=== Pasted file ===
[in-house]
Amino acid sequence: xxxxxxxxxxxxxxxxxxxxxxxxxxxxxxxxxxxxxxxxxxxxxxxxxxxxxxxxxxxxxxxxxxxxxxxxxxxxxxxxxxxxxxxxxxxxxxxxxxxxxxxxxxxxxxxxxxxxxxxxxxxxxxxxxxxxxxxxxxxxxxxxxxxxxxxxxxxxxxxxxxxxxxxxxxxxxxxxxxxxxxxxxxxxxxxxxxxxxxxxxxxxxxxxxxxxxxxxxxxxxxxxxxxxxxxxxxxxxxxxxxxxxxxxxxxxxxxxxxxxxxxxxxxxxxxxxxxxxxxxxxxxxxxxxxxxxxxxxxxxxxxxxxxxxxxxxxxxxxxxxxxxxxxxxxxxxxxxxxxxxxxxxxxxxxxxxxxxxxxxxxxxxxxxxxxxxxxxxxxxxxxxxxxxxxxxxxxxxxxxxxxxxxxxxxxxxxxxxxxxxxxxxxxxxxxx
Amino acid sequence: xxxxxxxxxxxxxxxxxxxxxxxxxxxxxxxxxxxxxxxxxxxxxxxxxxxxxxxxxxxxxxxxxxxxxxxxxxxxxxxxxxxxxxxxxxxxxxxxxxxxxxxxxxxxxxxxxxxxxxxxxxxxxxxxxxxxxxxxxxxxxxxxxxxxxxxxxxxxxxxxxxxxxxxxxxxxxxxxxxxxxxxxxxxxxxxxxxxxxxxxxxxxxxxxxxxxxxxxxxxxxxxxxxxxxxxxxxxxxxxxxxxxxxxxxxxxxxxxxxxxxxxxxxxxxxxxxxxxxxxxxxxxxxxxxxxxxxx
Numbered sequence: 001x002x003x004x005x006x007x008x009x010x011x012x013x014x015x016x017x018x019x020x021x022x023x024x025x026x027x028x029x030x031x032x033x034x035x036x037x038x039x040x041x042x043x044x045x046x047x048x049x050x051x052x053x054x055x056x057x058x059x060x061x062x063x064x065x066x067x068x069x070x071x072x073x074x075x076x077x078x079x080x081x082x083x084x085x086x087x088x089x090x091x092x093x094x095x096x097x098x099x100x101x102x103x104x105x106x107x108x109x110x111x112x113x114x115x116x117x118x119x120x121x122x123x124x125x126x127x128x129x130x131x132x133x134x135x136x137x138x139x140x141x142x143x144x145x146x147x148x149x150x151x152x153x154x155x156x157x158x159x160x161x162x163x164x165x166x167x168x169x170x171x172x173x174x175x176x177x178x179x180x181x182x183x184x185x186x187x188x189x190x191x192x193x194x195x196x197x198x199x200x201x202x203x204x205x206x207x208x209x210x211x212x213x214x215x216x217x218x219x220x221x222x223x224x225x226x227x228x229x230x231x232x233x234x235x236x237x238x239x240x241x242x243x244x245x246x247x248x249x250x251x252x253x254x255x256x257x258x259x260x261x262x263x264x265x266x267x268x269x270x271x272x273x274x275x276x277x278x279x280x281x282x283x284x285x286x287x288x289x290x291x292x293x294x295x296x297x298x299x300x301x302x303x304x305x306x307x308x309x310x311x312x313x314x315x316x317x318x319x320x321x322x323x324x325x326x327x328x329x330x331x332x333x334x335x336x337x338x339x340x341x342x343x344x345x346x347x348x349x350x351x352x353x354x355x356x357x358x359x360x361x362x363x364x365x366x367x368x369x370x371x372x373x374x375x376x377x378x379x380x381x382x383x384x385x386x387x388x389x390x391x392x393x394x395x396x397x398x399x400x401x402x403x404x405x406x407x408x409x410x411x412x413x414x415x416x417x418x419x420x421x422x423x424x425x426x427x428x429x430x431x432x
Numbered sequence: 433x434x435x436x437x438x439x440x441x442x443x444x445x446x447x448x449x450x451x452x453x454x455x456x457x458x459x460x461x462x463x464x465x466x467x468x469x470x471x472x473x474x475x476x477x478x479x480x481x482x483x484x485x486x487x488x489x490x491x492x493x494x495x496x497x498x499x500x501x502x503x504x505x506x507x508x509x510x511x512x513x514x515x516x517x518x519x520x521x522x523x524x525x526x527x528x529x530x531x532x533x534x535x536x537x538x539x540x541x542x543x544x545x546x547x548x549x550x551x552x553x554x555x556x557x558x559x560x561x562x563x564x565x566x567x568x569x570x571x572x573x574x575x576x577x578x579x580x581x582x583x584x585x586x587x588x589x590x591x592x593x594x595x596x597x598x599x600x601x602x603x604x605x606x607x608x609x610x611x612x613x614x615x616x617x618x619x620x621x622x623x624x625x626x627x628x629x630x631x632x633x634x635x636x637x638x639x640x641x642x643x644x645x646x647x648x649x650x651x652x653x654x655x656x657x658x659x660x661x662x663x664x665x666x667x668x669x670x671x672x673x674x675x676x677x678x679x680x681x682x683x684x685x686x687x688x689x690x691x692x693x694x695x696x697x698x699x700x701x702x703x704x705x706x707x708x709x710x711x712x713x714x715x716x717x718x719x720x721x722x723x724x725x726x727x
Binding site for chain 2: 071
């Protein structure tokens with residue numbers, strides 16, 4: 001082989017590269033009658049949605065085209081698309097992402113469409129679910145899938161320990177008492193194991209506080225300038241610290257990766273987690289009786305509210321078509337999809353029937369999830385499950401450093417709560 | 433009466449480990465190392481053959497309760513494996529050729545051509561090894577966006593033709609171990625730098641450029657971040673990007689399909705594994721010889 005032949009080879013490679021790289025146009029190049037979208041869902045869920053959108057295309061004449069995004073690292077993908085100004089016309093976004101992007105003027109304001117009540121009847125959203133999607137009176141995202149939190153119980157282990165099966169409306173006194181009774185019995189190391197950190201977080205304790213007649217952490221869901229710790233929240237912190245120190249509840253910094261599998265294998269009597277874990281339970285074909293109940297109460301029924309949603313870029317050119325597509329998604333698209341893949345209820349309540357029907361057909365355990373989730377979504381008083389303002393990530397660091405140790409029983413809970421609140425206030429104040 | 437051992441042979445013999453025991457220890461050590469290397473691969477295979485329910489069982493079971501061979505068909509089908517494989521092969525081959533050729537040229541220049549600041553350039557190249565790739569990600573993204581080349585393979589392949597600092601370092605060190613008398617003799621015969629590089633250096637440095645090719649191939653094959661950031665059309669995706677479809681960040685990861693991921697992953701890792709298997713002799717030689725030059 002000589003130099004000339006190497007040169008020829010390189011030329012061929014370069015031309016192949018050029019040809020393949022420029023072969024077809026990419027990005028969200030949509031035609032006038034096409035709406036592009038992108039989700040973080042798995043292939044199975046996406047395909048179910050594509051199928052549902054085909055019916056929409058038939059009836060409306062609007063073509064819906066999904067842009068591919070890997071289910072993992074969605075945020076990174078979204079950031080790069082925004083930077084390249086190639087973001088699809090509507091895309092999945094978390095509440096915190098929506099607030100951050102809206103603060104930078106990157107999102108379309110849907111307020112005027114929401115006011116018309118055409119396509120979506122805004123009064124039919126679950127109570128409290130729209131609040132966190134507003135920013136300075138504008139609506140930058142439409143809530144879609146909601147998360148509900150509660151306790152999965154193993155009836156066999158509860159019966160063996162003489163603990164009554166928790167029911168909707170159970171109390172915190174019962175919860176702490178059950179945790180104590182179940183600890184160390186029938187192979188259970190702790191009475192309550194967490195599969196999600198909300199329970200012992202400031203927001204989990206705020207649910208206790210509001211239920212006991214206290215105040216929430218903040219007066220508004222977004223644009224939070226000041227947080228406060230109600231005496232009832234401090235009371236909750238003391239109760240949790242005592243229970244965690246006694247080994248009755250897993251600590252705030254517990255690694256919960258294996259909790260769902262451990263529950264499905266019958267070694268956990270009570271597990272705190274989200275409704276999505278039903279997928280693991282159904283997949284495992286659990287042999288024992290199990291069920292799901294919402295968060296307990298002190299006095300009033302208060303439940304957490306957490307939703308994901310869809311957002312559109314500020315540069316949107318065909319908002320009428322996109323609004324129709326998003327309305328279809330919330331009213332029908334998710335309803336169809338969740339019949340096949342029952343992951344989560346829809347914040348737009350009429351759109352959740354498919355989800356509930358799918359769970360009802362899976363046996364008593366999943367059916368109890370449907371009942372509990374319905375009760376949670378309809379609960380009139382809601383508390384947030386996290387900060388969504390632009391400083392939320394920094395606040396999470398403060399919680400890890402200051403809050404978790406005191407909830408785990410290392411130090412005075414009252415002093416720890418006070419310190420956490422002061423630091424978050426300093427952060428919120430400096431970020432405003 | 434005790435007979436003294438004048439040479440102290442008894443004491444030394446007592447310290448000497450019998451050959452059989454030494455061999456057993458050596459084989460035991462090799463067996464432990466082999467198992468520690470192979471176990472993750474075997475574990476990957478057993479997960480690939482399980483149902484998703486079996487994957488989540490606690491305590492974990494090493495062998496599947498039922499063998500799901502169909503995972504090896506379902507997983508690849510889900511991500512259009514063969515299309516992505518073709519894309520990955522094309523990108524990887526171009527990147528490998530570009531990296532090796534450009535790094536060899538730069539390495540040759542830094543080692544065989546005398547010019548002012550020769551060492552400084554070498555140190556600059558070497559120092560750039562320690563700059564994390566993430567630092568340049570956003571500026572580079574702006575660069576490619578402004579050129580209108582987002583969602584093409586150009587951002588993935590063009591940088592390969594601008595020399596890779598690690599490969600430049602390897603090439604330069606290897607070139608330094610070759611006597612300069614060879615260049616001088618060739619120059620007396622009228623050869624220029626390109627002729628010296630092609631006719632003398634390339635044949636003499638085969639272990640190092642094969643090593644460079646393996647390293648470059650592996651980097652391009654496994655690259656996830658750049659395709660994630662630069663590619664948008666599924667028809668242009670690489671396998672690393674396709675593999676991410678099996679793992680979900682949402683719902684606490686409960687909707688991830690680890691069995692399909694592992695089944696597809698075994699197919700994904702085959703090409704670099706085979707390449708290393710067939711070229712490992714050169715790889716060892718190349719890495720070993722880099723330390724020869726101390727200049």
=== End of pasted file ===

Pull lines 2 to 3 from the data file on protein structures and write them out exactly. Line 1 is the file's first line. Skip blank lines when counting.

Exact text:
Amino acid sequence: xxxxxxxxxxxxxxxxxxxxxxxxxxxxxxxxxxxxxxxxxxxxxxxxxxxxxxxxxxxxxxxxxxxxxxxxxxxxxxxxxxxxxxxxxxxxxxxxxxxxxxxxxxxxxxxxxxxxxxxxxxxxxxxxxxxxxxxxxxxxxxxxxxxxxxxxxxxxxxxxxxxxxxxxxxxxxxxxxxxxxxxxxxxxxxxxxxxxxxxxxxxxxxxxxxxxxxxxxxxxxxxxxxxxxxxxxxxxxxxxxxxxxxxxxxxxxxxxxxxxxxxxxxxxxxxxxxxxxxxxxxxxxxxxxxxxxxxxxxxxxxxxxxxxxxxxxxxxxxxxxxxxxxxxxxxxxxxxxxxxxxxxxxxxxxxxxxxxxxxxxxxxxxxxxxxxxxxxxxxxxxxxxxxxxxxxxxxxxxxxxxxxxxxxxxxxxxxxxxxxxxxxxxxxxxxx
Amino acid sequence: xxxxxxxxxxxxxxxxxxxxxxxxxxxxxxxxxxxxxxxxxxxxxxxxxxxxxxxxxxxxxxxxxxxxxxxxxxxxxxxxxxxxxxxxxxxxxxxxxxxxxxxxxxxxxxxxxxxxxxxxxxxxxxxxxxxxxxxxxxxxxxxxxxxxxxxxxxxxxxxxxxxxxxxxxxxxxxxxxxxxxxxxxxxxxxxxxxxxxxxxxxxxxxxxxxxxxxxxxxxxxxxxxxxxxxxxxxxxxxxxxxxxxxxxxxxxxxxxxxxxxxxxxxxxxxxxxxxxxxxxxxxxxxxxxxxxxxx